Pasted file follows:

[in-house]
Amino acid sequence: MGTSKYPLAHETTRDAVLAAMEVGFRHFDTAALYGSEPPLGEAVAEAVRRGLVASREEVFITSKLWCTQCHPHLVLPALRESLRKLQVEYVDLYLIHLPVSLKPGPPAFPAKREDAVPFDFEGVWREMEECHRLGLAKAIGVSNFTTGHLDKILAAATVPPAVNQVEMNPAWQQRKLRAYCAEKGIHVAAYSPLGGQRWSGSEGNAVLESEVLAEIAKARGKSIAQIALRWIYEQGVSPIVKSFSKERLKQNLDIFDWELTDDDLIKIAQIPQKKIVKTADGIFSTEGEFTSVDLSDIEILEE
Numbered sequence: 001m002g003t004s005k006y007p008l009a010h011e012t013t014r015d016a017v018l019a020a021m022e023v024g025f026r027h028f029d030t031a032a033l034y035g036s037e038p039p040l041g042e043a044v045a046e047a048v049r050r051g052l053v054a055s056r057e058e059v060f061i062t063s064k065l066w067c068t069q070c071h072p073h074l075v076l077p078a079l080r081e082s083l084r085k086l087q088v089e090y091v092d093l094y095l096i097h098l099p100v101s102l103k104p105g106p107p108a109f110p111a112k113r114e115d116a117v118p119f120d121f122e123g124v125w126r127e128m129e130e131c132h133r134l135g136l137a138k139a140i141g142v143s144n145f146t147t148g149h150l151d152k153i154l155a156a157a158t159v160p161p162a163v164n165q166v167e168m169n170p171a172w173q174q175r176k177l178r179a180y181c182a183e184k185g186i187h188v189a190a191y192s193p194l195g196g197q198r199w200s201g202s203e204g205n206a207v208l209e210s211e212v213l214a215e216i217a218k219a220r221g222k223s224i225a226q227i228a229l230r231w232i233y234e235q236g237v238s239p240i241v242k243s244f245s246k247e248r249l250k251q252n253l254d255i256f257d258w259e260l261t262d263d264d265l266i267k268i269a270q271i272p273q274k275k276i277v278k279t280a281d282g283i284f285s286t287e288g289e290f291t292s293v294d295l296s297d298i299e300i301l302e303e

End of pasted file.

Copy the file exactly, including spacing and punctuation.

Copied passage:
[in-house]
Amino acid sequence: MGTSKYPLAHETTRDAVLAAMEVGFRHFDTAALYGSEPPLGEAVAEAVRRGLVASREEVFITSKLWCTQCHPHLVLPALRESLRKLQVEYVDLYLIHLPVSLKPGPPAFPAKREDAVPFDFEGVWREMEECHRLGLAKAIGVSNFTTGHLDKILAAATVPPAVNQVEMNPAWQQRKLRAYCAEKGIHVAAYSPLGGQRWSGSEGNAVLESEVLAEIAKARGKSIAQIALRWIYEQGVSPIVKSFSKERLKQNLDIFDWELTDDDLIKIAQIPQKKIVKTADGIFSTEGEFTSVDLSDIEILEE
Numbered sequence: 001m002g003t004s005k006y007p008l009a010h011e012t013t014r015d016a017v018l019a020a021m022e023v024g025f026r027h028f029d030t031a032a033l034y035g036s037e038p039p040l041g042e043a044v045a046e047a048v049r050r051g052l053v054a055s056r057e058e059v060f061i062t063s064k065l066w067c068t069q070c071h072p073h074l075v076l077p078a079l080r081e082s083l084r085k086l087q088v089e090y091v092d093l094y095l096i097h098l099p100v101s102l103k104p105g106p107p108a109f110p111a112k113r114e115d116a117v118p119f120d121f122e123g124v125w126r127e128m129e130e131c132h133r134l135g136l137a138k139a140i141g142v143s144n145f146t147t148g149h150l151d152k153i154l155a156a157a158t159v160p161p162a163v164n165q166v167e168m169n170p171a172w173q174q175r176k177l178r179a180y181c182a183e184k185g186i187h188v189a190a191y192s193p194l195g196g197q198r199w200s201g202s203e204g205n206a207v208l209e210s211e212v213l214a215e216i217a218k219a220r221g222k223s224i225a226q227i228a229l230r231w232i233y234e235q236g237v238s239p240i241v242k243s244f245s246k247e248r249l250k251q252n253l254d255i256f257d258w259e260l261t262d263d264d265l266i267k268i269a270q271i272p273q274k275k276i277v278k279t280a281d282g283i284f285s286t287e288g289e290f291t292s293v294d295l296s297d298i299e300i301l302e303e